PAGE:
Fredia Martin is a beautiful thirty-something-year-old woman in the prime years of her life. She lives her life to the fullest, with a great job at a supportive company and has two boys, ages nine and fourteen. Like most people, she’s taking life day by day. Her life has challenged her and made her a stronger young woman. Her sons keep her on her toes and she’s learning every day how boys grow up a little differently than girls. She works every day to teach her boys the life lessons she’s learned. She leans on God to keep her motivated and moving forward and revels in the glow of her family.

And she’s fighting breast cancer.

A week after her thirty-first birthday, she learned of her diagnosis. “Happy Birthday to me,” she jokes, well knowing that cancer is no laughing matter. But, one thing she truly knew was that it was going to take the strength of God’s hands to overcome this newest challenge in her life. Her first choice was to tackle the challenge on her own without burdening her family. She had one-day surgery performed by Dr. Gary Lahti at Danville Regional Medical Center. “Oh my goodness,” she says, “I was in and out the same day. The hospital has been great. From the point of being diagnosed, everybody has been great.”

The success of the early steps, including surgery and support, gave Fredia the strength to know things were going to work out for the best. Three weeks later, when the weight of carrying the burden alone became heavy, she showed her boys the scar and told them what was going on. “When I was discouraged, my family came and rescued me. My family is a spiritual family and they reminded me that I needed to keep the faith. And I did.” Her parents have passed and her sister and brother have genuinely helped her keep her faith. “It was God watching over me, and I realize that.”

Through her fight, because of the support of her employer, Abingdon Place and her co-workers, she was able to continue to take care of her family. “My job is like a big family. They have really supported me. My general director had a family member go through cancer, so she was very supportive. She understood what my family and I were going through. Everything that I needed she said, ‘No problem,’ so I really thank her for that.”

She has worked together with the team at Danville Regional in every stage of her fight. “Danville Regional has been amazing to me. I was really scared before I went in for surgery, but Dr. Gary Lahti eased my fears which relaxed me a whole lot and helped me calm down. I’m so happy I’ve had great doctors through this whole thing.”

After the surgery, Fredia tackled her condition with chemotherapy and radiation therapy. “Dr. Timothy Brotherton (at Danville Hematology and Oncology) was extremely nice. When I had questions about chemotherapy, he answered everything. I never felt rushed or hurried.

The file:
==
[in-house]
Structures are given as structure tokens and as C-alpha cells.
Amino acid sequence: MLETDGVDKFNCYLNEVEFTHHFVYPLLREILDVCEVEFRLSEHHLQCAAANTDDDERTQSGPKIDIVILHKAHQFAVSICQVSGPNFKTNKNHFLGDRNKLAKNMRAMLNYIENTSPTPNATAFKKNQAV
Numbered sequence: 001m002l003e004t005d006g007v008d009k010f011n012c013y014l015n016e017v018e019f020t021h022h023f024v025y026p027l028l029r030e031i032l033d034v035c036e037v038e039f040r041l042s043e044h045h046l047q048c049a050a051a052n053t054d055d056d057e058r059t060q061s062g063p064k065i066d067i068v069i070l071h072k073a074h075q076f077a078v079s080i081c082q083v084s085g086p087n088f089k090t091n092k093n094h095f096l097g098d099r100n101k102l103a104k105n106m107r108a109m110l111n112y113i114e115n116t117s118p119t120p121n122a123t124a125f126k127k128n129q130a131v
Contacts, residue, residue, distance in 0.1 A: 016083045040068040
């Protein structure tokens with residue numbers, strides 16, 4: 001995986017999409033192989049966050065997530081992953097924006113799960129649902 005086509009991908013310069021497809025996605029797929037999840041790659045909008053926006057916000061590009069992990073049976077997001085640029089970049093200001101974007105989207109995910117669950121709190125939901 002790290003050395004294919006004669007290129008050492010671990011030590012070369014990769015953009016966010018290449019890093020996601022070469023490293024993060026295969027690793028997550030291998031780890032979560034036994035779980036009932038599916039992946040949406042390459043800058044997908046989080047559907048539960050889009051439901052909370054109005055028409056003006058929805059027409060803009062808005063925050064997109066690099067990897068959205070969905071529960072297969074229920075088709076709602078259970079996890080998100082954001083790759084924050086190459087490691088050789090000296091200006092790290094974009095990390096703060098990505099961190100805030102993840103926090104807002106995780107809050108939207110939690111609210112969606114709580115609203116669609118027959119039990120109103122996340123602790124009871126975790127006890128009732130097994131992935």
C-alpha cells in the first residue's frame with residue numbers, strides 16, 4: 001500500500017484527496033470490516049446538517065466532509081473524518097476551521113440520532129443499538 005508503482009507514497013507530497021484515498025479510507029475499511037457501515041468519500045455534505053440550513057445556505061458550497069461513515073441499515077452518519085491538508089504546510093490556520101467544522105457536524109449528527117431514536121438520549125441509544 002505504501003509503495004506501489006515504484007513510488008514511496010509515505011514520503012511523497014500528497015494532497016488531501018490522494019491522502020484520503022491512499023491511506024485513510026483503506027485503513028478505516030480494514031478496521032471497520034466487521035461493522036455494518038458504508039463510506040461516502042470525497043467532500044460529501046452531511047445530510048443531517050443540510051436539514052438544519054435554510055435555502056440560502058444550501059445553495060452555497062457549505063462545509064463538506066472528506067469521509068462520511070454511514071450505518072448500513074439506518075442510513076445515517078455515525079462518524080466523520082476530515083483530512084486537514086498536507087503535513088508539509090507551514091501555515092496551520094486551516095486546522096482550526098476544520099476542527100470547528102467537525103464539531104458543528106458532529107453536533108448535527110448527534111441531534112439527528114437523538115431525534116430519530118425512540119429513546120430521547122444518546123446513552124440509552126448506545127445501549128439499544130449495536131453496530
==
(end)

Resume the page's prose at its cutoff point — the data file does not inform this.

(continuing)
He wanted to make sure I knew exactly what was going on. And Dr. Peter Leider’s staff (at the Center for Radiation Oncology) is great. I can’t pick just one. Everyone has been great.” Now that’s she’s completed her treatments, she sees Dr. Veshana Ramiah at Danville Hematology and Oncology. “She is wonderful.”

She attributes some of her strength to asking questions and paying attention to the answers. “I know cancer can be a gloom and doom word but understanding what my options for treatment were helped me make good decisions. It is definitely not like it was back in the day. Treatment has come a long way. At first I was in shock, but once I came out of shock I was like, What’s next? I didn’t think, Oh I’m going to die.” Freida’s proactive approach to her surgery helped her keep a positive outlook because she felt like she was in charge of the fight against her cancer. “I knew exactly what was going to happen before I went in and how I would feel afterwards. They explained how I would feel during the chemo. You know, everybody is different. Their body goes through different things.” Because of localized treatments, “I didn’t get as sick as some people. That was a blessing in and of itself, because I still needed to work.”

Overcoming such a traumatic phase in one’s life isn’t easy. “There were moments where I thought what is going to happen with my kids if something happened to me. Those thoughts crossed through my mind, but they didn’t linger. I leaned on my faith and I tried to chase any negative thoughts from my mind.”

Today, in the later recovery phase of her battle, that positivity emanates from her like a sunrise on a cloudless day. Her smile is contagious and her spirit is heartwarming. “The more positive I was the better I felt,” she says. These are words to truly live by.

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